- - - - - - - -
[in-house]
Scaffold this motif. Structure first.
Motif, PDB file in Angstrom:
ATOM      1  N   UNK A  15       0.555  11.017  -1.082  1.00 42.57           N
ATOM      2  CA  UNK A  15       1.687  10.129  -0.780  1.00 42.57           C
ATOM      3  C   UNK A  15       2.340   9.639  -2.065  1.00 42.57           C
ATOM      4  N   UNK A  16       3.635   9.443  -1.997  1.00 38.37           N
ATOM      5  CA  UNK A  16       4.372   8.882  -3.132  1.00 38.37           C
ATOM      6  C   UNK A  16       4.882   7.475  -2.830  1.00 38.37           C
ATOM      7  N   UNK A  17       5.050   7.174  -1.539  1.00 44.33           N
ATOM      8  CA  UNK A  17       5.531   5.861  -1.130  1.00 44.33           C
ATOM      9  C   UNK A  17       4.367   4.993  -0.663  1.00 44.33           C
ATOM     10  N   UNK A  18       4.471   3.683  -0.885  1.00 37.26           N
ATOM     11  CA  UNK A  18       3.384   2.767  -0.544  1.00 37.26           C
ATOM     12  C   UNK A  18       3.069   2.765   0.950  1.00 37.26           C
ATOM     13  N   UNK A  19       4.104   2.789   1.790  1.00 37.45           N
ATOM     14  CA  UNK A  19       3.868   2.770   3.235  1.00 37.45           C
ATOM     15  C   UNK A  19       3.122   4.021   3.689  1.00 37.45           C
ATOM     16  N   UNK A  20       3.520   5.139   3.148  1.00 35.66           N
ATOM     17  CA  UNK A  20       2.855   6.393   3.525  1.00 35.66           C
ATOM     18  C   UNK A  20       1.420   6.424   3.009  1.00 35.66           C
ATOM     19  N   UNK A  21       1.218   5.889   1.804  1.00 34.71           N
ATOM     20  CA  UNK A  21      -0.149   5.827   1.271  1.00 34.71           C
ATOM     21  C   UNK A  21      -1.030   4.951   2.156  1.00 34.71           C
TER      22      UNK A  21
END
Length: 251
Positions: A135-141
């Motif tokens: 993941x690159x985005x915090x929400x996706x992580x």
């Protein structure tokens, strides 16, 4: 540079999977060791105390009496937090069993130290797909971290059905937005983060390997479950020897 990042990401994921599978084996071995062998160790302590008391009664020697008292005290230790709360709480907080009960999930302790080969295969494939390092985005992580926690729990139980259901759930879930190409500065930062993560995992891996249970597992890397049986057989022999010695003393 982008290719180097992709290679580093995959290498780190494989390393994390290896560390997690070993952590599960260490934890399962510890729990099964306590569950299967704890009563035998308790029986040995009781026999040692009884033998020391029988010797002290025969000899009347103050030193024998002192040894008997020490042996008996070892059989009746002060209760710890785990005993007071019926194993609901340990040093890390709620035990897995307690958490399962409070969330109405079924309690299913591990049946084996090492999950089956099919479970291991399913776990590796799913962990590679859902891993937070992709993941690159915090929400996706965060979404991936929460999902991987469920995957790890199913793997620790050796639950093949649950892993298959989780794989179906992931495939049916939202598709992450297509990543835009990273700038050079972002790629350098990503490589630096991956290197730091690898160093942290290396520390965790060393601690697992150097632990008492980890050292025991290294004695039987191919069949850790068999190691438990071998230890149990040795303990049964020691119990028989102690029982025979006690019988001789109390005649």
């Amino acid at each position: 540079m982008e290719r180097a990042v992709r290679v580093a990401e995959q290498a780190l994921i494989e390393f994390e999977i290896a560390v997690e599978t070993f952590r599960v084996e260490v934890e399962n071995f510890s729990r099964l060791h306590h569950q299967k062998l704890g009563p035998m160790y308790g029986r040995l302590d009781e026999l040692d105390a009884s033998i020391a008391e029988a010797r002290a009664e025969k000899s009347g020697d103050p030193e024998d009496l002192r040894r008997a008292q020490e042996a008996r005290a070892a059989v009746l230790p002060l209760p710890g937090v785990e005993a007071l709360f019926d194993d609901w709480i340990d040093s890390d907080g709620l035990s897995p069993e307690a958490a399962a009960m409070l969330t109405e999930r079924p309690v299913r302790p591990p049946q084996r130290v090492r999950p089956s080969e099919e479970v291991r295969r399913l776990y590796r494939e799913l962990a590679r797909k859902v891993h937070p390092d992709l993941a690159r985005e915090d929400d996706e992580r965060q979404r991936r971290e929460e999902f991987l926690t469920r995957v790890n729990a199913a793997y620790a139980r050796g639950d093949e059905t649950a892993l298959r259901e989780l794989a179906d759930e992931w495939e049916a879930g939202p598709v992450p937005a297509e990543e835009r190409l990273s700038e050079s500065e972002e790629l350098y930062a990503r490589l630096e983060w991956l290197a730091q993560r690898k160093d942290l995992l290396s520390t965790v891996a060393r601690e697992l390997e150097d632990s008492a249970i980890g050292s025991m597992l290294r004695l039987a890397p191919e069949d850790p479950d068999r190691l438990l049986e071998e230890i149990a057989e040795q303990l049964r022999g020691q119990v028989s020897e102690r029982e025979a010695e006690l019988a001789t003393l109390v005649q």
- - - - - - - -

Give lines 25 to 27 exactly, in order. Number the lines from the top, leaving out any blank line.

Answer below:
TER      22      UNK A  21
END
Length: 251